Ever have the experience of proposing to a group that there might be a better way to do something, only to hear one of them say “But we’ve always done it this way”? You may have just met a Capricorn, one of those who give all the others the less than scintillating image of being the most predictable of all signs, the people most addicted to safe choices.
While the rap is not entirely fair, as we’ll soon see, it may fit. Of all the people in the zodiac, Capricorns may be the most reliable, solid and hard-working, and most likely to build simple, practical systems and structures that can go on and on without innovation or adjustment. They also work in a generous spirit of service, cheerfully taking on the less glamorous jobs that no one else wants to do. The Capricorns are the ones who’ll work late into the night building and painting the stage set, and then are nowhere to be seen when the curtain goes up, and the stars of the show get the spotlight.
If it’s true that one way to figure the three earth signs is that Taurus likes to acquire things, Virgo rearranges them and Capricorn counts them, it’s no surprise that those born in Capricorn month (Dec. 20 – Jan. 19) make excellent accountants, bureaucrats and bankers. They can be comfortable with leadership, but, like Stalin (Jan. 2), Mao Zedong (Dec. 26), Richard Nixon (Jan. 9) and Caesar Augustus, will not rise quickly through charisma, but by working hard and patiently building their power base. Even if he’s in a glamorous, risky field, a Capricorn tends, like Kevin Costner (Jan. 18), Mel Gibson (Jan. 3) and Elvis Presley (Jan. 8), to find a formula that works and stick to it rather than try anything new. Yet the cautious Capricorn stereotype can be deceptive, as impetuous Marc Antony, Lorenzo de Medici (Jan. 1), Marlene Dietrich (Dec. 27), Gypsy Rose Lee (Jan. 9), Joan of Arc (Jan. 6), and Muhammad Ali (Jan. 17) were all born under this sign.
A Capricorn on your team can be a useful counterweight to the visionary types who see only the possibilities, without understanding what they’ll cost, and how long they’ll take. While a Capricorn may not invent the plan, he or she will execute it to high standards, and expect the same integrity from others. Capricorn lovers are the same way. Not that they can’t get wild – but before they turn up the violins and strew rose petals on the bed, they’ll make sure they’ve got receipts from the music store and the florist. Marry a Capricorn? Sure, and happily – if the material foundation of life is strong. Shakespeare’s Camillo, in The Winter’s Tale, speaks like a true Capricorn in declaring that “Prosperity’s the very bond of love.”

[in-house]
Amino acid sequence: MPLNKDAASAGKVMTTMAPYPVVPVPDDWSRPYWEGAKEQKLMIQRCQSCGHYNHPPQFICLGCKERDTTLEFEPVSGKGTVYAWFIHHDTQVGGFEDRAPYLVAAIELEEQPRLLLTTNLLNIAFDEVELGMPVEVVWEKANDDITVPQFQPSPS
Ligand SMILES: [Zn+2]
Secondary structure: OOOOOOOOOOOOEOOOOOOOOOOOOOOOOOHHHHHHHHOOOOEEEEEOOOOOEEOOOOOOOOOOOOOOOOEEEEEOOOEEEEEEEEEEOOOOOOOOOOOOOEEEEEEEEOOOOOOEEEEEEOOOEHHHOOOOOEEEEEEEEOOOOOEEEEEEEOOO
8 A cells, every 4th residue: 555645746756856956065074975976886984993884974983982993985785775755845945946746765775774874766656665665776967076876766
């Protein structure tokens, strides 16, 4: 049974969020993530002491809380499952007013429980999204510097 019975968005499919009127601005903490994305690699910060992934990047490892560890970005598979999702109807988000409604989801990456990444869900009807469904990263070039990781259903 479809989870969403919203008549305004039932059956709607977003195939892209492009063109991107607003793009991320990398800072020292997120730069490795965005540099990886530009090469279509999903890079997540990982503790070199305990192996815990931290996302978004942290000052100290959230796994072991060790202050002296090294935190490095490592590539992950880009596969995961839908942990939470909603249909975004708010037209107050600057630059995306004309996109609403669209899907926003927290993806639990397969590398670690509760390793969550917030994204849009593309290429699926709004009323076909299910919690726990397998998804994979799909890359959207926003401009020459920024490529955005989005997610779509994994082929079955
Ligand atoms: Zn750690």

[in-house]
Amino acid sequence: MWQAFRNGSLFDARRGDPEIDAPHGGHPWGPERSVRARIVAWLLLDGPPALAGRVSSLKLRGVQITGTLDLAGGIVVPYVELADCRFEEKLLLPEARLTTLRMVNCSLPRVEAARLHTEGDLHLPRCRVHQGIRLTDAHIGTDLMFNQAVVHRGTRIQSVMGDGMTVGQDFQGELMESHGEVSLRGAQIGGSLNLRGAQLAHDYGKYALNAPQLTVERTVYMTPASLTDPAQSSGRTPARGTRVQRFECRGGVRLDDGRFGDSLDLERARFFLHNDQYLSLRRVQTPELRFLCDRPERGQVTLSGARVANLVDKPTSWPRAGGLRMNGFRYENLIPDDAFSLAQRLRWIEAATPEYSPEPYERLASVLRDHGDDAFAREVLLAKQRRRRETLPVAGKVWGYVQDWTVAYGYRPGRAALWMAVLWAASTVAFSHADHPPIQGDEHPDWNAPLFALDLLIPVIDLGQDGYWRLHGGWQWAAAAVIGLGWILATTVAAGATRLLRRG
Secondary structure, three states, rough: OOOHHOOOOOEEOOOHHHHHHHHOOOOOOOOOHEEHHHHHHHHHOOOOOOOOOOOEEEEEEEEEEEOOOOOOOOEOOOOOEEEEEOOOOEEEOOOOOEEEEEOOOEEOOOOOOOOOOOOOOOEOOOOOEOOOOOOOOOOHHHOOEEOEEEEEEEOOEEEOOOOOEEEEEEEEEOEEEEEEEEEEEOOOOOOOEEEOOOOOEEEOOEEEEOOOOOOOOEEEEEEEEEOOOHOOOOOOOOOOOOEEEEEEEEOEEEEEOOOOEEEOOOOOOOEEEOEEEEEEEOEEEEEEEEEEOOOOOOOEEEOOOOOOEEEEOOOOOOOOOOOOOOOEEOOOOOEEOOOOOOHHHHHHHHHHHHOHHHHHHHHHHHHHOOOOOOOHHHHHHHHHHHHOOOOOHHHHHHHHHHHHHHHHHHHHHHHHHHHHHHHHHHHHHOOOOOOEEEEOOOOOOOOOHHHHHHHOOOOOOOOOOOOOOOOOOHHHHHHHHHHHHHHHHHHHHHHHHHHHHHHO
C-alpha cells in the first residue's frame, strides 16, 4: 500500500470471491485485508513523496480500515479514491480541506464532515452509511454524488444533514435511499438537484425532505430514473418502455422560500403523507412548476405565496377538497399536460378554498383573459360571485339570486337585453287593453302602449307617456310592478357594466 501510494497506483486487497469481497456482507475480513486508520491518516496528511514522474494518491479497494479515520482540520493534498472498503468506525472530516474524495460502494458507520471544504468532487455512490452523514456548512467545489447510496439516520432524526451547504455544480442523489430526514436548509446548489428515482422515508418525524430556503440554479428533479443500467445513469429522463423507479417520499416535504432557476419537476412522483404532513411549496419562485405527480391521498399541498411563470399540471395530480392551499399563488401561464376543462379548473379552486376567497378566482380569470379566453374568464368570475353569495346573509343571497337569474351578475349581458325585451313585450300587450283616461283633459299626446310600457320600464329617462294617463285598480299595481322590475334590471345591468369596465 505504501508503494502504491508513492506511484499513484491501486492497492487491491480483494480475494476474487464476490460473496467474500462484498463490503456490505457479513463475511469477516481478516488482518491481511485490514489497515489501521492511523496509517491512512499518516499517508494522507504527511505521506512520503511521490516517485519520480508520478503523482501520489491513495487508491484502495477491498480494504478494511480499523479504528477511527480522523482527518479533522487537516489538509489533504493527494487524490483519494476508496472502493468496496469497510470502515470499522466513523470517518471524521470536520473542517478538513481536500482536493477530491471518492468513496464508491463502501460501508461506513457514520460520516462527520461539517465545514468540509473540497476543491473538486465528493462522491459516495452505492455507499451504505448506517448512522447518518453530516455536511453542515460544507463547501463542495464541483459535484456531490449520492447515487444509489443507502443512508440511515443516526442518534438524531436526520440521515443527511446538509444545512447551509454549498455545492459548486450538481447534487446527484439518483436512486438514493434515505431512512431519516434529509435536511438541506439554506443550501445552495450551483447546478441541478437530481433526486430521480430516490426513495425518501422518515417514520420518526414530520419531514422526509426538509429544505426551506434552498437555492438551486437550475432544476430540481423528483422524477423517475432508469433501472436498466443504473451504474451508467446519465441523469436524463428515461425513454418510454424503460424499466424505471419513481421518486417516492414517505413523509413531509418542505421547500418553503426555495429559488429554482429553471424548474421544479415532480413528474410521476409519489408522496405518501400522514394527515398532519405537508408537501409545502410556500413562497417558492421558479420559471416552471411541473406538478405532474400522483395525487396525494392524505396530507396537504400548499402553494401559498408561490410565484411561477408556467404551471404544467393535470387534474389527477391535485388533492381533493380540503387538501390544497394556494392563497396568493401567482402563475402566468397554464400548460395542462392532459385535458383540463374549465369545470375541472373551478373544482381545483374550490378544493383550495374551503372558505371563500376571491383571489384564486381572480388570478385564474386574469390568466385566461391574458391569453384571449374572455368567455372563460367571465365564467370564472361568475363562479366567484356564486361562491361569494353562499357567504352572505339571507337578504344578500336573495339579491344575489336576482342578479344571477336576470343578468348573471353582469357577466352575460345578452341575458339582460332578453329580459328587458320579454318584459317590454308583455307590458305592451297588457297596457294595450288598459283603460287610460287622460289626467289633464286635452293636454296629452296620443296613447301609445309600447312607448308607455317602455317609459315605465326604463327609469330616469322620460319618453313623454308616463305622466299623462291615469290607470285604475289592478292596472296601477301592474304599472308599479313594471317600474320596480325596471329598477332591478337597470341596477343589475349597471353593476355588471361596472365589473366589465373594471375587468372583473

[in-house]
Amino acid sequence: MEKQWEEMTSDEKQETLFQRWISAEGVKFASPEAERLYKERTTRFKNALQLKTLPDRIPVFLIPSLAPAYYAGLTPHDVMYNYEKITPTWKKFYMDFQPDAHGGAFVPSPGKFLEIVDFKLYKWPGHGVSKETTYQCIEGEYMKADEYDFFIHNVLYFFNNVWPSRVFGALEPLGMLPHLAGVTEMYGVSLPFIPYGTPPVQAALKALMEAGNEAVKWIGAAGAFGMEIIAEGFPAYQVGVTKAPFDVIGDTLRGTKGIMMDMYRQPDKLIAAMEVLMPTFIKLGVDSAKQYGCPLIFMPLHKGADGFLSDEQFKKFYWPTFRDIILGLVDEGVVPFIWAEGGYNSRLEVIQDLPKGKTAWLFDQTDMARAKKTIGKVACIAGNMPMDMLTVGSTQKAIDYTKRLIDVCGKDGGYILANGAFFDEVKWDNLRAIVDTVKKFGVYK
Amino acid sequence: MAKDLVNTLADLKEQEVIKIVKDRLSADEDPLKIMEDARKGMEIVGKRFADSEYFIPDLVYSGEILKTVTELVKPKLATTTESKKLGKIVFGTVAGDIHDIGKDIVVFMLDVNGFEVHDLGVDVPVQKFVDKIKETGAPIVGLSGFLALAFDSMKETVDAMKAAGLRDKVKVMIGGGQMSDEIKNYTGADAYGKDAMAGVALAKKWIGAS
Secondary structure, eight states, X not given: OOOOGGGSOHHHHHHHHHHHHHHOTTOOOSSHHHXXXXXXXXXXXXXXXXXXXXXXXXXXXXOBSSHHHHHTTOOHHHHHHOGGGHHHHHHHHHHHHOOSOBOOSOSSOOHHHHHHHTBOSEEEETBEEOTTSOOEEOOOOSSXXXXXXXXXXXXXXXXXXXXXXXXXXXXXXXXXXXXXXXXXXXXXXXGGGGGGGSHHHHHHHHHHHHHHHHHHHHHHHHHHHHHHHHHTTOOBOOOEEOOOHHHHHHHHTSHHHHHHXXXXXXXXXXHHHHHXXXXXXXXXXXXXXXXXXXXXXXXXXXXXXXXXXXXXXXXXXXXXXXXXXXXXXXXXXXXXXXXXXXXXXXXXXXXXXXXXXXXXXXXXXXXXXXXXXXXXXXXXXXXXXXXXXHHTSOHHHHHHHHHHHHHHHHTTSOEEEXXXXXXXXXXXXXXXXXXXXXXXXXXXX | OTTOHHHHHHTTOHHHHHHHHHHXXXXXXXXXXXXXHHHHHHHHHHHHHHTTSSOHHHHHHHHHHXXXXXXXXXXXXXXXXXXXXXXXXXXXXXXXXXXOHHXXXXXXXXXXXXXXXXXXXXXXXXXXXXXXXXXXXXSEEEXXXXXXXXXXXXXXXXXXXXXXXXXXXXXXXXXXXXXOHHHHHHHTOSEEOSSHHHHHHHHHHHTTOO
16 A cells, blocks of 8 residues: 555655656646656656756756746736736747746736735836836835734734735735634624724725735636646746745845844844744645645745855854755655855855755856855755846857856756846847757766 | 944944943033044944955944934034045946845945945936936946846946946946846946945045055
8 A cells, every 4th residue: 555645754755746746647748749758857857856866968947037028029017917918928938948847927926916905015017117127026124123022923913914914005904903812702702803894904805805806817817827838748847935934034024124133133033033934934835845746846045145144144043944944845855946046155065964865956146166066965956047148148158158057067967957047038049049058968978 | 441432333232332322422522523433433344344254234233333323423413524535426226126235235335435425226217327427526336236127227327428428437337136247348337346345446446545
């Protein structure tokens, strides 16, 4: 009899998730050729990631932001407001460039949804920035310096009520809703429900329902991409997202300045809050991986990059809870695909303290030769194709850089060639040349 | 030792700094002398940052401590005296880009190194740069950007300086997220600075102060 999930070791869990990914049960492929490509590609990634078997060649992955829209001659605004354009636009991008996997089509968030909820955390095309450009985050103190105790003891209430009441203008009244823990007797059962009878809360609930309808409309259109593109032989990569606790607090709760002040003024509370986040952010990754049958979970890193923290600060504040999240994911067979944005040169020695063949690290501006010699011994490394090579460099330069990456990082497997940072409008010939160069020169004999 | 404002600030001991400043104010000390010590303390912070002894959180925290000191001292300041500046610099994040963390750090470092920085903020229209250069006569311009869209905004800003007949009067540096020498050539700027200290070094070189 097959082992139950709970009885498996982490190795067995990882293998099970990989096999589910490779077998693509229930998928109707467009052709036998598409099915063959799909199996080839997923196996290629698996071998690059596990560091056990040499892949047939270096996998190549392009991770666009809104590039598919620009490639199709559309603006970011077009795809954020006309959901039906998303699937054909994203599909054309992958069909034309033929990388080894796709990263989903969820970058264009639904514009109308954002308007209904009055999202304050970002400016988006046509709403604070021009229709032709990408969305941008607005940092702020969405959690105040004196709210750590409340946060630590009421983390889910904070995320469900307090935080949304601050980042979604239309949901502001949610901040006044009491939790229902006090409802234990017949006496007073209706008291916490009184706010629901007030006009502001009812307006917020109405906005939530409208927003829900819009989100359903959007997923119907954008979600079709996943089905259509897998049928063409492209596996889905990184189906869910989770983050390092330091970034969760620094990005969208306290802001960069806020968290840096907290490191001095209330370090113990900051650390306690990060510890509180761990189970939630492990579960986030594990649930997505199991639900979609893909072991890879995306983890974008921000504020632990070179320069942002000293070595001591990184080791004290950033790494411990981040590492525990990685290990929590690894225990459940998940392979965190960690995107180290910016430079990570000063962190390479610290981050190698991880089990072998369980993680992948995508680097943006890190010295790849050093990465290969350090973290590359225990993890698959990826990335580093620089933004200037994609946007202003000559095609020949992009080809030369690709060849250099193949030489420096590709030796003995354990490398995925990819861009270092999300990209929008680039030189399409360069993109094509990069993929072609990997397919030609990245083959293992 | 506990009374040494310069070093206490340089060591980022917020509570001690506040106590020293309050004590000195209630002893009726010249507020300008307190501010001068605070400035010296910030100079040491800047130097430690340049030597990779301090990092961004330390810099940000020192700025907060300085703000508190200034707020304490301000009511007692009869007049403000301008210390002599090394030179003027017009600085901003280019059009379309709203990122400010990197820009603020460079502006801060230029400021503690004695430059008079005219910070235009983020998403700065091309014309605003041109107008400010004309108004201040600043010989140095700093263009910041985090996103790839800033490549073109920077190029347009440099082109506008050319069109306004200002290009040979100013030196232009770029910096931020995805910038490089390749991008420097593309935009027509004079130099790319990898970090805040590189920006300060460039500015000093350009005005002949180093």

There’s a mythic reason for all the practicality. Capricorn month begins at the winter solstice, when ancient peoples in the Northern hemisphere had to make sure there was enough food and fuel to see them through the coming time of the Ice Moon, Wolf Moon and Birch Month, whose stark Capricorn colors of black and white symbolize the death of the old year, and the time of purification and preparation for the New.
Ancient Romans celebrated a two-day rite, on the last day of the Old Year and on New Year’s day, enacting the dual role of Capricorn’s ruling planet: the bony, severe Saturn. As Father Time, he is the pale death figure in a black robe, the Reaper whose scythe cuts through the old, exhausted energies that must be cleared to make room for new life. His other aspect is as the keeper of prophecy and teacher of esoteric wisdom, who holds within his Hermit’s lantern the light hologram that organizes all knowledge. One of the first things an astrology student learns is that it’s essential to love Saturn, whose karmic lessons are astringent at best, and most painful when resisted.
Capricorns are profound thinkers who may believe that the deeper they look, the darker the shadows get. Edgar Allan Poe (Jan. 19) and Gustave Dore (Jan. 6) are good examples of this type. But at his most luminous, Capricorn discovers universal truth, and not just in the physical laws and numbers seen by Benjamin Franklin (Jan. 17), Stephen Hawking (Jan. 8) and the genius (Jan. 5) of whom Pope wrote “God said, Let Newton be, and all was Light.” In the ideal order Capricorns see, all stories lead, after all the chaos and misunderstanding, to happy new order in which all roles are important and everyone is included. Saturn is, after all, surprisingly, the ruler of comedy.
It is best to remember to laugh now, as transformative Pluto crosses through Capricorn from now to 2023. Negative-minded people will invariably see such transits as tough. More proactive types will see Pluto transiting over their Sun for what it is, a tremendous boost to their creativity. Pluto, in his 90° “square” to Uranus in early Aries, is now and will continue to be, both planet-wide and in our individual lives, an irresistible agent of change during the early Aquarian times from now through 2015.
Want to know how the year ahead affects people born in your sign? Dan Furst has been a professional astrologer for thirty-three years. He is the author of Dance of the Moon, and his new book Surfing Aquarius will be published by Red Wheel Weiser in September. He lives in Peru, and does astrology and astrocartography readings for people all over the world by phone and Skype. You can reach him at 51 – 984 – 155622, email firstname.lastname@example.org. His astrology web page is Dan Furst Astrology Web Page.